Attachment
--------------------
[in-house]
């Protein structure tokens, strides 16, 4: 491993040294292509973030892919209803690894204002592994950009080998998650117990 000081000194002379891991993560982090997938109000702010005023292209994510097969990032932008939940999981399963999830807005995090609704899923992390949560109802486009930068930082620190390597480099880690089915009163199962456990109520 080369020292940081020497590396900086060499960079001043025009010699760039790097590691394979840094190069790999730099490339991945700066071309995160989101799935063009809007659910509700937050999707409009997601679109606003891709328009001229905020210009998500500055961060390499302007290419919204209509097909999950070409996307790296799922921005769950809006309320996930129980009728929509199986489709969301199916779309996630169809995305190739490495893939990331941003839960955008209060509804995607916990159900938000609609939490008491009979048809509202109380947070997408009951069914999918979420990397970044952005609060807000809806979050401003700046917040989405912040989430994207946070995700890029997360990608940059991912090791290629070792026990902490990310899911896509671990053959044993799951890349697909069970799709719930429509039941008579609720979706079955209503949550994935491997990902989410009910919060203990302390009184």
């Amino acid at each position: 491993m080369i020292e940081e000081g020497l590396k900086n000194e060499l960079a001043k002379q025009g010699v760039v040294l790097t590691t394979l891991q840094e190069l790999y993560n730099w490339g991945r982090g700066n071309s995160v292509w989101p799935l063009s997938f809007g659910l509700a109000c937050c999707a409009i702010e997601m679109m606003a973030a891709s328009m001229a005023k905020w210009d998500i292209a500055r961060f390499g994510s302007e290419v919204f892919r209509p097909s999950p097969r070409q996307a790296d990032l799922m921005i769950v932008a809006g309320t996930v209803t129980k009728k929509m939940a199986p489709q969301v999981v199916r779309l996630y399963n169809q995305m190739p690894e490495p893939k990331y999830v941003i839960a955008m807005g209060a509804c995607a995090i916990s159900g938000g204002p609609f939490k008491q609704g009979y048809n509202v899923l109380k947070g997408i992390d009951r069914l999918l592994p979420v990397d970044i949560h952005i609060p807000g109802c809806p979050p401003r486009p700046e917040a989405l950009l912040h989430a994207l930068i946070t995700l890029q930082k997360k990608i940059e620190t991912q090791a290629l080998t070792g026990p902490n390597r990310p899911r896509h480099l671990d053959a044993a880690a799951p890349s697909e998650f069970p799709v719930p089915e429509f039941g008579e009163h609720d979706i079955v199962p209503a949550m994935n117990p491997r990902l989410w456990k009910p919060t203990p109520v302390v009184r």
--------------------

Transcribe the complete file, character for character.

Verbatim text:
[in-house]
């Protein structure tokens, strides 16, 4: 491993040294292509973030892919209803690894204002592994950009080998998650117990 000081000194002379891991993560982090997938109000702010005023292209994510097969990032932008939940999981399963999830807005995090609704899923992390949560109802486009930068930082620190390597480099880690089915009163199962456990109520 080369020292940081020497590396900086060499960079001043025009010699760039790097590691394979840094190069790999730099490339991945700066071309995160989101799935063009809007659910509700937050999707409009997601679109606003891709328009001229905020210009998500500055961060390499302007290419919204209509097909999950070409996307790296799922921005769950809006309320996930129980009728929509199986489709969301199916779309996630169809995305190739490495893939990331941003839960955008209060509804995607916990159900938000609609939490008491009979048809509202109380947070997408009951069914999918979420990397970044952005609060807000809806979050401003700046917040989405912040989430994207946070995700890029997360990608940059991912090791290629070792026990902490990310899911896509671990053959044993799951890349697909069970799709719930429509039941008579609720979706079955209503949550994935491997990902989410009910919060203990302390009184």
């Amino acid at each position: 491993m080369i020292e940081e000081g020497l590396k900086n000194e060499l960079a001043k002379q025009g010699v760039v040294l790097t590691t394979l891991q840094e190069l790999y993560n730099w490339g991945r982090g700066n071309s995160v292509w989101p799935l063009s997938f809007g659910l509700a109000c937050c999707a409009i702010e997601m679109m606003a973030a891709s328009m001229a005023k905020w210009d998500i292209a500055r961060f390499g994510s302007e290419v919204f892919r209509p097909s999950p097969r070409q996307a790296d990032l799922m921005i769950v932008a809006g309320t996930v209803t129980k009728k929509m939940a199986p489709q969301v999981v199916r779309l996630y399963n169809q995305m190739p690894e490495p893939k990331y999830v941003i839960a955008m807005g209060a509804c995607a995090i916990s159900g938000g204002p609609f939490k008491q609704g009979y048809n509202v899923l109380k947070g997408i992390d009951r069914l999918l592994p979420v990397d970044i949560h952005i609060p807000g109802c809806p979050p401003r486009p700046e917040a989405l950009l912040h989430a994207l930068i946070t995700l890029q930082k997360k990608i940059e620190t991912q090791a290629l080998t070792g026990p902490n390597r990310p899911r896509h480099l671990d053959a044993a880690a799951p890349s697909e998650f069970p799709v719930p089915e429509f039941g008579e009163h609720d979706i079955v199962p209503a949550m994935n117990p491997r990902l989410w456990k009910p919060t203990p109520v302390v009184r």